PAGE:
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US cyber security chief fired for contradicting Trump

CISA chief Chris Krebs ousted for doing his job fighting disinformation in an apparent purge of officials deemed disloyal to president Donald Trump

Chris Krebs, the director of the US Cybersecurity and Infrastructure Security Agency (CISA) – America’s equivalent of the UK’s National Cyber Security Centre (NCSC) – has been dismissed by outgoing president Donald Trump, after his agency’s analysis of the 3 November presidential election determined it to be “the most secure in American history”.

Last week, CISA said there was “no evidence that any voting system deleted or lost votes, changed votes, or was in any way compromised.”

This contradicts Trump’s baseless claims of widespread voter fraud as his embattled administration continues to attempt to change the results of the election with a series of frivolous lawsuits. Almost a fortnight has now passed since Democrat challenger Joe Biden emerged as the clear winner of the 2020 US election, with leads of thousands of votes in key battleground states and over five million votes nationwide. Trump, whose administration has become a byword for criminality and corruption, continues to refuse to concede.

In a series of Tweets, Trump said: “The recent statement by Chris Krebs on the security of the 2020 Election was highly inaccurate, in that there were massive improprieties and fraud – including dead people voting, Poll Watchers not allowed into polling locations, ‘glitches’ in the voting machines which changed... votes from Trump to Biden, late voting, and many more. Therefore, effective immediately, Chris Krebs has been terminated as director of the Cybersecurity and Infrastructure Security Agency.”

Again, there is absolutely no evidence for any of these claims and Trump’s tweets have been labelled as disputed by Twitter.

Krebs, a former Microsoft man who was appointed by Trump himself to lead CISA on the agency’s founding in 2018, played a key role in leading the agency’s efforts to combat cyber threats to and misinformation around the 2020 elections, establishing the CISA’s Rumour Control website, among other things.

However, instead of fighting a repeat of the 2016 election, when Russian state-backed actors conducted widespread interference in the US elections and may even have played a role in Trump’s election, Krebs and the CISA found themselves battling Trump himself, who continues to spew a stream of lies and disinformation in a desperate attempt to cling to power.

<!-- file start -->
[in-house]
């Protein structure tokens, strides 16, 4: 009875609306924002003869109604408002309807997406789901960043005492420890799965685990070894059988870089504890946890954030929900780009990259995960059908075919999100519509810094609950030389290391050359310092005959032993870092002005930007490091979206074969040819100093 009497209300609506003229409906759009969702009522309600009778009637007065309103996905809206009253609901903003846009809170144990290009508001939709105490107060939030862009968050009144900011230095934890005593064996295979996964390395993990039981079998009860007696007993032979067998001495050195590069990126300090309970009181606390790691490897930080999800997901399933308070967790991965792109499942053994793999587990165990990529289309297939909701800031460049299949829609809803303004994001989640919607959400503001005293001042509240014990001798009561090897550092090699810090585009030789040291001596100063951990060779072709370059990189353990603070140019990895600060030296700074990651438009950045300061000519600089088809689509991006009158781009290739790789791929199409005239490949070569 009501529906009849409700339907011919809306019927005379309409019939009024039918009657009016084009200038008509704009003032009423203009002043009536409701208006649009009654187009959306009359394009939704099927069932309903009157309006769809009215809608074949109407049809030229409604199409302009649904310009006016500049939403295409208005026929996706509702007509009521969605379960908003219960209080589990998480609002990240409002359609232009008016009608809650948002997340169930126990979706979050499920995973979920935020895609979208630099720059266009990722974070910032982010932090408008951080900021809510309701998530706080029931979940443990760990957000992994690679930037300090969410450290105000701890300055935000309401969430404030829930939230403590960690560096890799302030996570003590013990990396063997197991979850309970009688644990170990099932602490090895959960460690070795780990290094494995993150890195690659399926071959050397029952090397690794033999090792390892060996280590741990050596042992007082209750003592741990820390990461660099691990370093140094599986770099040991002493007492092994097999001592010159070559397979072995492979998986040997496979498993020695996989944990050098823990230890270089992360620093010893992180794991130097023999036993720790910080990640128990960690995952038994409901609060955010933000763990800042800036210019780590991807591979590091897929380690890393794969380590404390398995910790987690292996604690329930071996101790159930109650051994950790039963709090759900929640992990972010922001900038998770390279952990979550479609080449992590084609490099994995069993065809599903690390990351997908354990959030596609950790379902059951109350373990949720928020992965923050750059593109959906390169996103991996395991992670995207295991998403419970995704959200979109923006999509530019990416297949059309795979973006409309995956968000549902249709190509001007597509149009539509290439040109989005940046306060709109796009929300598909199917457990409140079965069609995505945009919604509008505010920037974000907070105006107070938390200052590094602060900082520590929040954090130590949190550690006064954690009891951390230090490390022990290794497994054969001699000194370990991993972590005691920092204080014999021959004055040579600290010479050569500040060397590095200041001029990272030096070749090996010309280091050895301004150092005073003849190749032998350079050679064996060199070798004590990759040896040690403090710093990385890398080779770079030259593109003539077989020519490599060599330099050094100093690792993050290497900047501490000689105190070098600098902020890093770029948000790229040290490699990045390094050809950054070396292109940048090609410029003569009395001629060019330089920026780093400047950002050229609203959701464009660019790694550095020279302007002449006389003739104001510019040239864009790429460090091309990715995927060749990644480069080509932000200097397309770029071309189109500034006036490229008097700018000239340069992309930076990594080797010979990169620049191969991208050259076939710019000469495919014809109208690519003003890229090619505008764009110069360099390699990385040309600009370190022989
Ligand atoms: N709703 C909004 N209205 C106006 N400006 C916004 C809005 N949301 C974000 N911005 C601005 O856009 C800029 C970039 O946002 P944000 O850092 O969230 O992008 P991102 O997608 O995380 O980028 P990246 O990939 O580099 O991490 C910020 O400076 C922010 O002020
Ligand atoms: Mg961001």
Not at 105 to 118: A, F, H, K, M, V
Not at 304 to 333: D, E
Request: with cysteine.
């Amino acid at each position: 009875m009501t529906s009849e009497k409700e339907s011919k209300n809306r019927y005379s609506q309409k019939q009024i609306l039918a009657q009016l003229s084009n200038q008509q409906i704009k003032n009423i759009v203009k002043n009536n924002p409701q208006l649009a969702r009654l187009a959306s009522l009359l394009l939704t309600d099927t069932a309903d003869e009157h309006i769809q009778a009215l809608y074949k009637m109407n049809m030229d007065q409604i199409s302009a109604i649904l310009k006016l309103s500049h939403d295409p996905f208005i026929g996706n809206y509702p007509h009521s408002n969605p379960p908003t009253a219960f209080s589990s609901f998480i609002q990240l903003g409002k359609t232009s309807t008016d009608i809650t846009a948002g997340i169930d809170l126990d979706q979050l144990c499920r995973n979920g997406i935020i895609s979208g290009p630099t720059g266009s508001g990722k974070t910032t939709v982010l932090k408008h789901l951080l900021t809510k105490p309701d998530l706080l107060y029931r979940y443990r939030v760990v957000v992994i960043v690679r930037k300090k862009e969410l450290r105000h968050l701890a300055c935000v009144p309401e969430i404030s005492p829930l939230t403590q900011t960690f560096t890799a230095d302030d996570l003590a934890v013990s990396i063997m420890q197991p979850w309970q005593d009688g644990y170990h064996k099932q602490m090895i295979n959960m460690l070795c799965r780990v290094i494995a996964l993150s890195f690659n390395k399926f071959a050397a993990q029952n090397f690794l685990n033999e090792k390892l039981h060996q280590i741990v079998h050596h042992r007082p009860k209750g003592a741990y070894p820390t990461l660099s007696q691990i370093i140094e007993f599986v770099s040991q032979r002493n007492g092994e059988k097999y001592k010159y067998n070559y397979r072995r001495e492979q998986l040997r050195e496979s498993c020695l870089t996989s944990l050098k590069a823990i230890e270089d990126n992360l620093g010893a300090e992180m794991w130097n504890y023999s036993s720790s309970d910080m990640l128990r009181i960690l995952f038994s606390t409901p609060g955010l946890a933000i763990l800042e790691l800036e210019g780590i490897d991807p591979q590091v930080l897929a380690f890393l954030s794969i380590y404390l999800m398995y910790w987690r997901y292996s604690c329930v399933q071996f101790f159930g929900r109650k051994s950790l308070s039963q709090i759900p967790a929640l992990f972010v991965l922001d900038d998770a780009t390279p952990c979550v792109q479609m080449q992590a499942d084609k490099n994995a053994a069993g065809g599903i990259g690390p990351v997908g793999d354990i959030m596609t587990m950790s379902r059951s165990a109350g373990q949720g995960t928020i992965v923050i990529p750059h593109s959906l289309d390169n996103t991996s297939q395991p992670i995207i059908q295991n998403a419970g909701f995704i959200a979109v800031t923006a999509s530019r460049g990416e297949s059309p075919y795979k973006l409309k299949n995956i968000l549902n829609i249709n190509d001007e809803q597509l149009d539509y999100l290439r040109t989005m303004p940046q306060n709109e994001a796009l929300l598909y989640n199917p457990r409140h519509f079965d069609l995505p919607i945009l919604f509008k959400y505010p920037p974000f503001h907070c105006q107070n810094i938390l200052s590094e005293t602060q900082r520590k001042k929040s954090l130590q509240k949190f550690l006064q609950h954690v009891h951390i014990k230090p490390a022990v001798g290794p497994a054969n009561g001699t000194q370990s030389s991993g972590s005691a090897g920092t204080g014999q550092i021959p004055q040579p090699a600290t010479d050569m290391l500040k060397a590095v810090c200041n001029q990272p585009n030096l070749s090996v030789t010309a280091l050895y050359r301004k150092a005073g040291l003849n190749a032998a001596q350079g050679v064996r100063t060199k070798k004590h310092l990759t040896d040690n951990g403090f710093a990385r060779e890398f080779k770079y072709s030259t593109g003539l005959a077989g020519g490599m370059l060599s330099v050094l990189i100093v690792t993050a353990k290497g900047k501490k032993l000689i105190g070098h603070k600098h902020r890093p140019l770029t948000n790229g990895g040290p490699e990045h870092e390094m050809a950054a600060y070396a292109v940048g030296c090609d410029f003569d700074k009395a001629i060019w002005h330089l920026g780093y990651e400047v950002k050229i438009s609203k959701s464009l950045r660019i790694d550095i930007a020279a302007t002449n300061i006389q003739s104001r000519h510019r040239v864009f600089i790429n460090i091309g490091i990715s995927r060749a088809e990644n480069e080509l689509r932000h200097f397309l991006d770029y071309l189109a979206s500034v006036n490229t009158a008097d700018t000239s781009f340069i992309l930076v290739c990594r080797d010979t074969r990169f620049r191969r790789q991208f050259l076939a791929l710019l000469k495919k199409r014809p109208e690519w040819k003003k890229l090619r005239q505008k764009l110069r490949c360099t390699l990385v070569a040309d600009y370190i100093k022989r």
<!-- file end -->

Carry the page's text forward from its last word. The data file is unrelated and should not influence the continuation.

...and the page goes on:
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Chloé Messdaghi, vice-president of strategy at Point3 Security, described Krebs’ dismissal as political, surreal and disheartening.

“We in the cyber security community are deeply committed to identifying and preventing or blocking all threats to the best of our ability, including misinformation and disinformation. Chris Krebs and the CISA team have done a singularly brilliant job, and done it transparently, under what has been one of the most divisive and fraught election cycles in our country’s history,” she said

“CISA’s role was to be the organisation that works closely with all stakeholders – industry, public sector and the American people – and to help keep the US ahead of cyber security threats, both those in the form of attacks and of misinformation campaigns. Chris and the team have done a brilliant job in protecting this country, and fully realised that their jobs were at potential risk for doing so.

“Many in the cyber security community are deeply disappointed and more than a bit nervous,” she added.

Others in the security community also rallied around. Krebs’ former colleague, Microsoft Cybersecurity Solutions Group CVP Ann Johnson, took to Twitter to describe him as a “highly competent professional” who was in many ways “above reproach”.

Jonathan Reiber, senior director for cyber security strategy and policy at AttackIQ, added: “Chris Krebs worked tirelessly and in a bipartisan fashion with state, local, and federal leaders on both sides of the aisle to improve election security across the country. The 2020 election saw no major cyber attack take place, and the Election Infrastructure Government Coordinating Council and the National Secretaries of State called it the most secure in US history.

“Given the Russian government's intrusion into the US presidential election of 2016 and the risks facing the election this year, that is a big achievement, and it is due in large part to the leadership of Chris Krebs’ and general Paul Nakasone of US Cyber Command and their organisations' hard work.”

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